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Experimental migration upward in elevation is associated with strong selection on life history traits.

  • Author(s): Peterson, Megan L
  • Angert, Amy L
  • Kay, Kathleen M
  • et al.

Published Web Location

https://doi.org/10.1002/ece3.5710
Abstract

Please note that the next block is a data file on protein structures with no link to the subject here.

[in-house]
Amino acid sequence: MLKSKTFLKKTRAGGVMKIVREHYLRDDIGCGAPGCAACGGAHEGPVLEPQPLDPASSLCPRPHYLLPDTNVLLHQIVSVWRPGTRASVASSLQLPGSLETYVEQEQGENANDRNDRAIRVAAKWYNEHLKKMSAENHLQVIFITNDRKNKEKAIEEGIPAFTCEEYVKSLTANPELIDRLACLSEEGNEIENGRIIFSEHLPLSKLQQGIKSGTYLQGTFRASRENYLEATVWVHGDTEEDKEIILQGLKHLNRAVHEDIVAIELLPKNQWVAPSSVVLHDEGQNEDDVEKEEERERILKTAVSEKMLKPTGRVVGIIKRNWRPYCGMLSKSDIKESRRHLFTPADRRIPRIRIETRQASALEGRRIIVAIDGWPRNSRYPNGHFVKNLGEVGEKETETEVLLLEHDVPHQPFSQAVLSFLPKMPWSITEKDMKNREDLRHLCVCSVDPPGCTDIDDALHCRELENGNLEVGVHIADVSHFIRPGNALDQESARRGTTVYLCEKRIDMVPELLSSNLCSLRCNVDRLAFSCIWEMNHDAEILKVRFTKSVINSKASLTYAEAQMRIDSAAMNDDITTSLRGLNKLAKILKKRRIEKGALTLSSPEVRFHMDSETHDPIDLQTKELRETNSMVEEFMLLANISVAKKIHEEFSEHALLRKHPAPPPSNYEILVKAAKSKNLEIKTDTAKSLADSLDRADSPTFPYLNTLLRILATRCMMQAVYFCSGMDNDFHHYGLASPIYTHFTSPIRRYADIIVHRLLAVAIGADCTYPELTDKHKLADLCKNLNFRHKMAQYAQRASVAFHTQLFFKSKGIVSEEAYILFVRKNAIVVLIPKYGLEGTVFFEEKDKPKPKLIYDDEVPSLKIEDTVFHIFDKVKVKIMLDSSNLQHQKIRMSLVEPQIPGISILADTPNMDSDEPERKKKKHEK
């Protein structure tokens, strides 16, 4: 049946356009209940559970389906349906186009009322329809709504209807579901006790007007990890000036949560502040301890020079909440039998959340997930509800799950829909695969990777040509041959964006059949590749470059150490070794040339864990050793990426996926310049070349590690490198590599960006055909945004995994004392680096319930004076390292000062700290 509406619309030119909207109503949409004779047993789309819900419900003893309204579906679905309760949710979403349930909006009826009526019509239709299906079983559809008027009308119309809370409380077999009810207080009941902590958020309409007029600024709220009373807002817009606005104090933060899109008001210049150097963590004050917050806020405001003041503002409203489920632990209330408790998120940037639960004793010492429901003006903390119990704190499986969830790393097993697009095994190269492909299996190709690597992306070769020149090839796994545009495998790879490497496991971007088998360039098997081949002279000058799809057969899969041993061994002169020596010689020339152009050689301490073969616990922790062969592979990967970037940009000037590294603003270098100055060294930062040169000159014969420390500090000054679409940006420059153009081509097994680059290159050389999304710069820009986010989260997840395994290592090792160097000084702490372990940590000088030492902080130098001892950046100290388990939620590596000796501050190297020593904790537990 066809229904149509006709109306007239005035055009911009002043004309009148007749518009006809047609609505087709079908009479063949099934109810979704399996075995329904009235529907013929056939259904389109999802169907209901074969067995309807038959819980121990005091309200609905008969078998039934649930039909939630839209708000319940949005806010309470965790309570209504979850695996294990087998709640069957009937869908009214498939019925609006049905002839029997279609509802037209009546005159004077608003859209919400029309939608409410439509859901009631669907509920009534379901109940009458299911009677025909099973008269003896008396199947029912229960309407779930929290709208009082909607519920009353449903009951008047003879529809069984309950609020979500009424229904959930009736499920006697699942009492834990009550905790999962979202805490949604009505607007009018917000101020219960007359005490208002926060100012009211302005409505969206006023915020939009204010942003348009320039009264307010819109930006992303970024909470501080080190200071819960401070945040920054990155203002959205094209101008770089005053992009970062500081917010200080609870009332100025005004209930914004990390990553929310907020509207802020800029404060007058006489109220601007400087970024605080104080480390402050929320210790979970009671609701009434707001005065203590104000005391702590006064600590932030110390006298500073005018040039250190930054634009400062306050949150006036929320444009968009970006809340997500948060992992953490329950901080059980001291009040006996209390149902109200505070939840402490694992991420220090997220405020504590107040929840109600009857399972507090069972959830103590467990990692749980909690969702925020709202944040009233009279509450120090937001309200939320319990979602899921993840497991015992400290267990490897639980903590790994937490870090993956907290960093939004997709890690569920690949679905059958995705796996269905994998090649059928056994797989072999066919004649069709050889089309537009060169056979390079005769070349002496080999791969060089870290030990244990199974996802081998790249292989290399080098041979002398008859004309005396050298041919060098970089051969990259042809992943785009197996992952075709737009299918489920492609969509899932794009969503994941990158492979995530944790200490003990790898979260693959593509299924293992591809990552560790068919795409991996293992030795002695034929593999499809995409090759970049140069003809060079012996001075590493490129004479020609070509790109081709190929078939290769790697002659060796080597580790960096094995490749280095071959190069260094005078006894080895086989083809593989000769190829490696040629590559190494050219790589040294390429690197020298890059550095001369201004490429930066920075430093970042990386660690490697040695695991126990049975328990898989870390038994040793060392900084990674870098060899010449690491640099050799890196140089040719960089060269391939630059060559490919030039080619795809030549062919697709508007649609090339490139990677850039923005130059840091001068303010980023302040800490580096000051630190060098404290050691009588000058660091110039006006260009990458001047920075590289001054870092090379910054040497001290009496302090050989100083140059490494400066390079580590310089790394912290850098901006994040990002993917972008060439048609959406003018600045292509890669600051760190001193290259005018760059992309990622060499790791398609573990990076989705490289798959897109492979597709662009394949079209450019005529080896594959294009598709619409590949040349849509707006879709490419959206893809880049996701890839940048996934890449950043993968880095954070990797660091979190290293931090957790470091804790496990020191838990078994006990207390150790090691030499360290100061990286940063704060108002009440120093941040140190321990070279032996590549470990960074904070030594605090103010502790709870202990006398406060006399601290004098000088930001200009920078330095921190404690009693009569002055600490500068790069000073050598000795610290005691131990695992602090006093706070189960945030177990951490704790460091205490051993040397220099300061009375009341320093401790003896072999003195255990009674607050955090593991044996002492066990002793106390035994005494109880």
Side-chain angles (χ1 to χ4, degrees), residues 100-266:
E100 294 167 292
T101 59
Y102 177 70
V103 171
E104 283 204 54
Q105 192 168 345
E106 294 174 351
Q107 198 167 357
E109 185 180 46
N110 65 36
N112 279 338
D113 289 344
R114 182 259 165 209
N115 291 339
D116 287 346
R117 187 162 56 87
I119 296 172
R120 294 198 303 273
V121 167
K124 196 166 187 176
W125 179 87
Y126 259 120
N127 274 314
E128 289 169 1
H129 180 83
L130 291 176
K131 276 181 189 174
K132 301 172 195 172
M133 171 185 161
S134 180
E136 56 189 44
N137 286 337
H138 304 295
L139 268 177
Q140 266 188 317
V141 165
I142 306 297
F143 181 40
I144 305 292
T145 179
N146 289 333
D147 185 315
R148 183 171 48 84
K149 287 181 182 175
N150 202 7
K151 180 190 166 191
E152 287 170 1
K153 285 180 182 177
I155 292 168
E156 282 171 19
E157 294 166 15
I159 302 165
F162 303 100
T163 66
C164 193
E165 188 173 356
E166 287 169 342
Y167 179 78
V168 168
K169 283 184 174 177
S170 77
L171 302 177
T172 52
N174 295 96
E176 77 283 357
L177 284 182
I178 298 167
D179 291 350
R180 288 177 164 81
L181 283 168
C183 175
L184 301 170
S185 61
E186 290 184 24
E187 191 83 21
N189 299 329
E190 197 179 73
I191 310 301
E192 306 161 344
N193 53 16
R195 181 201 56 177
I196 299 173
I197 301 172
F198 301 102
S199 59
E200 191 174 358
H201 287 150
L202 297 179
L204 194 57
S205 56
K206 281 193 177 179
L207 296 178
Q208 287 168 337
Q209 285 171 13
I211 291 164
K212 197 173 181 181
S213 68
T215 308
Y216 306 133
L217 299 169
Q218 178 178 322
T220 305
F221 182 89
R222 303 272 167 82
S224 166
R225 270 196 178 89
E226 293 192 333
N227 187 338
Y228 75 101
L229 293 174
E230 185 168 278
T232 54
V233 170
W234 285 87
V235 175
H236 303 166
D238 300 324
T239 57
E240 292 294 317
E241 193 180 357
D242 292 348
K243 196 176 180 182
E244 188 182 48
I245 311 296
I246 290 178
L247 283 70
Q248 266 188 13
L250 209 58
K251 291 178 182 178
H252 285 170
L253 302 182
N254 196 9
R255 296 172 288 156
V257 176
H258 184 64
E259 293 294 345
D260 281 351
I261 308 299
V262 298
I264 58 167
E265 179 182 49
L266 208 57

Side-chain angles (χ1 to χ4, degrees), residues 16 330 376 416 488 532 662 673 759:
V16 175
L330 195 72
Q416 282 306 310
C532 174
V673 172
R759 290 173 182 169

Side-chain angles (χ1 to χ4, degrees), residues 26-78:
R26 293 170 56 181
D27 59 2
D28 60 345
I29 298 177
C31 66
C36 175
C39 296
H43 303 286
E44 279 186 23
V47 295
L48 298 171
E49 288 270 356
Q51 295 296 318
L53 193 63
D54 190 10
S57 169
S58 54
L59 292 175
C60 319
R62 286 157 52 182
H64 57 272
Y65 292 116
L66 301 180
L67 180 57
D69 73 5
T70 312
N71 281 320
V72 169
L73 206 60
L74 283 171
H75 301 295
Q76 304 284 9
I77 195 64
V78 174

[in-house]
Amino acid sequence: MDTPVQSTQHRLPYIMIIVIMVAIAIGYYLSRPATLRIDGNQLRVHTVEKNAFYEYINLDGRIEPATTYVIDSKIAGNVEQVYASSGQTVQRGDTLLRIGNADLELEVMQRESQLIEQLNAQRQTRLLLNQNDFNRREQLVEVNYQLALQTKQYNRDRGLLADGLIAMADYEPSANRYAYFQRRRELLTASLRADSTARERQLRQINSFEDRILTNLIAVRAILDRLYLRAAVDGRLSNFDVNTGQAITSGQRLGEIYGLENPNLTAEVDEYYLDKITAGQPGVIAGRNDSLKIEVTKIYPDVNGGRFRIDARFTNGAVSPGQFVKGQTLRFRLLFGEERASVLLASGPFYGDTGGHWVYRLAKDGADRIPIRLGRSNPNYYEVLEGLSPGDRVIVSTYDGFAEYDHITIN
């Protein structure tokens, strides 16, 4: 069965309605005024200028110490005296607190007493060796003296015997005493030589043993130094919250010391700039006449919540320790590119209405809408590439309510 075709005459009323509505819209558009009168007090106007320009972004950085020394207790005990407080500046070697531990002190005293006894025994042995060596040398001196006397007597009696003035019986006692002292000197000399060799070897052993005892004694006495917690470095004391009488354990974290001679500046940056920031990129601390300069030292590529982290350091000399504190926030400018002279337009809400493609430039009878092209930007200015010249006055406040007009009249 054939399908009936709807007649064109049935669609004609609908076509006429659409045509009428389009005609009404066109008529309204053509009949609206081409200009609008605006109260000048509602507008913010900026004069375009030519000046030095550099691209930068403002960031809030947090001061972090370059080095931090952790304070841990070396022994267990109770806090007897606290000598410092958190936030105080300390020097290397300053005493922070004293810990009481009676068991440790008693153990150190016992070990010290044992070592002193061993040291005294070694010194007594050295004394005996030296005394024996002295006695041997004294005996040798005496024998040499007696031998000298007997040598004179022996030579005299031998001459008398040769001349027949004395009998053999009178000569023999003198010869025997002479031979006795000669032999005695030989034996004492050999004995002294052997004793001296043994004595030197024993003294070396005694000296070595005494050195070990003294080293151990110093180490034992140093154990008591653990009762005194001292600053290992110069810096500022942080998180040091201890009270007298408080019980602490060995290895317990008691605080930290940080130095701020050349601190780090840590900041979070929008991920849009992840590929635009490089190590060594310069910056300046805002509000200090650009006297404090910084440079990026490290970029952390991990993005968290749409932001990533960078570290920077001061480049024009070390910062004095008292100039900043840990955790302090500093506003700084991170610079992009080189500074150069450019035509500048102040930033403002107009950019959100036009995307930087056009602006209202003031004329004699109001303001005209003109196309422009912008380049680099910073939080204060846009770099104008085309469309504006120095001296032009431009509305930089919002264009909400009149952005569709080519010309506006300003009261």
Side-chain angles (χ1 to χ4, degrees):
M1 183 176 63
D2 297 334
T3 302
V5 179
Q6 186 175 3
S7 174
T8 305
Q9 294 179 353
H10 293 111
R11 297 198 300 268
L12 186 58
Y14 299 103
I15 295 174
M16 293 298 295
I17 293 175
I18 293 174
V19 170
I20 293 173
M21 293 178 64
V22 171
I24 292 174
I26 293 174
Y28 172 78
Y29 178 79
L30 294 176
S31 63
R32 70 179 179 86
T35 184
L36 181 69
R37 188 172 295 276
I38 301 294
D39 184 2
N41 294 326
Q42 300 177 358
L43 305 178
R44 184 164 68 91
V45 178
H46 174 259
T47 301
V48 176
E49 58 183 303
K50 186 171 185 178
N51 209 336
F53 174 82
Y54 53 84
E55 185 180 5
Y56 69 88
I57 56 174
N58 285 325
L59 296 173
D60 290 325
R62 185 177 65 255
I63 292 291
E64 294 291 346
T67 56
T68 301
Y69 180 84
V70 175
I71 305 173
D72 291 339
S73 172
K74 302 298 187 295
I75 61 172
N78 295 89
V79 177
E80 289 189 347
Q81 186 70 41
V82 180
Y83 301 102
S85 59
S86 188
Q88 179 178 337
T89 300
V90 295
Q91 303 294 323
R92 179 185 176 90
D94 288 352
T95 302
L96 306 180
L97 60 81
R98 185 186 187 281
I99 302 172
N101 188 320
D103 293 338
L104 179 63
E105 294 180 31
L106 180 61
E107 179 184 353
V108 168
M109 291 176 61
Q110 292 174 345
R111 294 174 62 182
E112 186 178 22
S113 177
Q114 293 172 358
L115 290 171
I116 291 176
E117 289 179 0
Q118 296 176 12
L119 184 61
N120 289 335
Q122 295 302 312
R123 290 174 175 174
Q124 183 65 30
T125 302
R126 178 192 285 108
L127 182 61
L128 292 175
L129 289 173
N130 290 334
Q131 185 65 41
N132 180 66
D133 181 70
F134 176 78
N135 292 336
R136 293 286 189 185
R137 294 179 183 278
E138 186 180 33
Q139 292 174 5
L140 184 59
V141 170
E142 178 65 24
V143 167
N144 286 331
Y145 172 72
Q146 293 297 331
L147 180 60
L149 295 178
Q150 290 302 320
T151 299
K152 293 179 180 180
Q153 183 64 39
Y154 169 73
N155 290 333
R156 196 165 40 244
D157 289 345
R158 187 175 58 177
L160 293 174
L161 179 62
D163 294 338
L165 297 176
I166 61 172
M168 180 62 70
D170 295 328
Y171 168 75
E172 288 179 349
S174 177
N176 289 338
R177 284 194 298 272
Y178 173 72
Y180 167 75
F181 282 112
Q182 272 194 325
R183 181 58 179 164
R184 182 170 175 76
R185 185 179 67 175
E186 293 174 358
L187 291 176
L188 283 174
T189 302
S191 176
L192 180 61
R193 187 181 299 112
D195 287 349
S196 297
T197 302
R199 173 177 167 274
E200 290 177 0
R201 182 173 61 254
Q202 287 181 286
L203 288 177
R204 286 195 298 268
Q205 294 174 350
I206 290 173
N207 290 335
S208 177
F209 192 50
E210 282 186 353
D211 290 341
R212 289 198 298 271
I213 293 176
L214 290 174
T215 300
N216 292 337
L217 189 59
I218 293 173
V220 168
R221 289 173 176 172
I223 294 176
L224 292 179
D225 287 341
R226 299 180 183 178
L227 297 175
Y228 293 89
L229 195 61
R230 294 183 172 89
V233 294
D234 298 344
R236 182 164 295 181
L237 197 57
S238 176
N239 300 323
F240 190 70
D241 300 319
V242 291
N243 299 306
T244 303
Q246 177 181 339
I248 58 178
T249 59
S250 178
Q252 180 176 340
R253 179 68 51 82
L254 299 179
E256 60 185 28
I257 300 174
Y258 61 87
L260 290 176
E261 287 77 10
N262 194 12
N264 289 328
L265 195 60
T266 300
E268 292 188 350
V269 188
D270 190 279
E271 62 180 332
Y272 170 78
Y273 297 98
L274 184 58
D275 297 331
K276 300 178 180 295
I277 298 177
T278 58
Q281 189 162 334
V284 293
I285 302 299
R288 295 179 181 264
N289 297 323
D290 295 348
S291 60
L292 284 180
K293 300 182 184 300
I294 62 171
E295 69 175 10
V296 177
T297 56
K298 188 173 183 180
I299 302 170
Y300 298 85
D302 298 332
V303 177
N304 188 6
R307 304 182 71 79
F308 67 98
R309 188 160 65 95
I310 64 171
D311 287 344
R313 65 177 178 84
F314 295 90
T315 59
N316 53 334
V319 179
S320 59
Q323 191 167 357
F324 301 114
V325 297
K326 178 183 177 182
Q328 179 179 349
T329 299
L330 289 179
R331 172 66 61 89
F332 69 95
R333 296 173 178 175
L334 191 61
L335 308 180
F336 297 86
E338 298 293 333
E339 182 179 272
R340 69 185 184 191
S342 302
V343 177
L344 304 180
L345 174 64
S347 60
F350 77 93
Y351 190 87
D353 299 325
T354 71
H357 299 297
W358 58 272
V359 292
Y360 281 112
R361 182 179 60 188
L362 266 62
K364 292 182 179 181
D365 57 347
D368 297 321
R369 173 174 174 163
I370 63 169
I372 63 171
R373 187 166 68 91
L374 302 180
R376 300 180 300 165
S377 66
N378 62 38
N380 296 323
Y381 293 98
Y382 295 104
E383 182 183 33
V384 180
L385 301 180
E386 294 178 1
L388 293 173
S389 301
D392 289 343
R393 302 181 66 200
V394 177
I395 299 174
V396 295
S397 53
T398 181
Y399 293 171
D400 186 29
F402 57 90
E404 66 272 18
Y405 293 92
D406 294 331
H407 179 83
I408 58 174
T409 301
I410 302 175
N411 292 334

One of the strongest biological impacts of climate change has been the movement of species poleward and upward in elevation. Yet, what is not clear is the extent to which the spatial distribution of locally adapted lineages and ecologically important traits may also shift with continued climate change. Here, we take advantage of a transplant experiment mimicking up-slope seed dispersal for a suite of ecologically diverse populations of yellow monkeyflower (Mimulus guttatus sensu lato) into a high-elevation common garden during an extreme drought period in the Sierra Nevada mountains, California, USA. We use a demographic approach to quantify fitness and test for selection on life history traits in local versus lower-elevation populations and in normal versus drought years to test the potential for up-slope migration and phenotypic selection to alter the distribution of key life history traits in montane environments. We find that lower-elevation populations tend to outperform local populations, confirming the potential for up-slope migration. Although selection generally favored some local montane traits, including larger flowers and larger stem size at flowering, drought conditions tended to select for earlier flowering typical of lower-elevation genotypes. Taken together, this suggests that monkeyflower lineages moving upward in elevation could experience selection for novel trait combinations, particularly under warmer and drier conditions that are predicted to occur with continued climate change.

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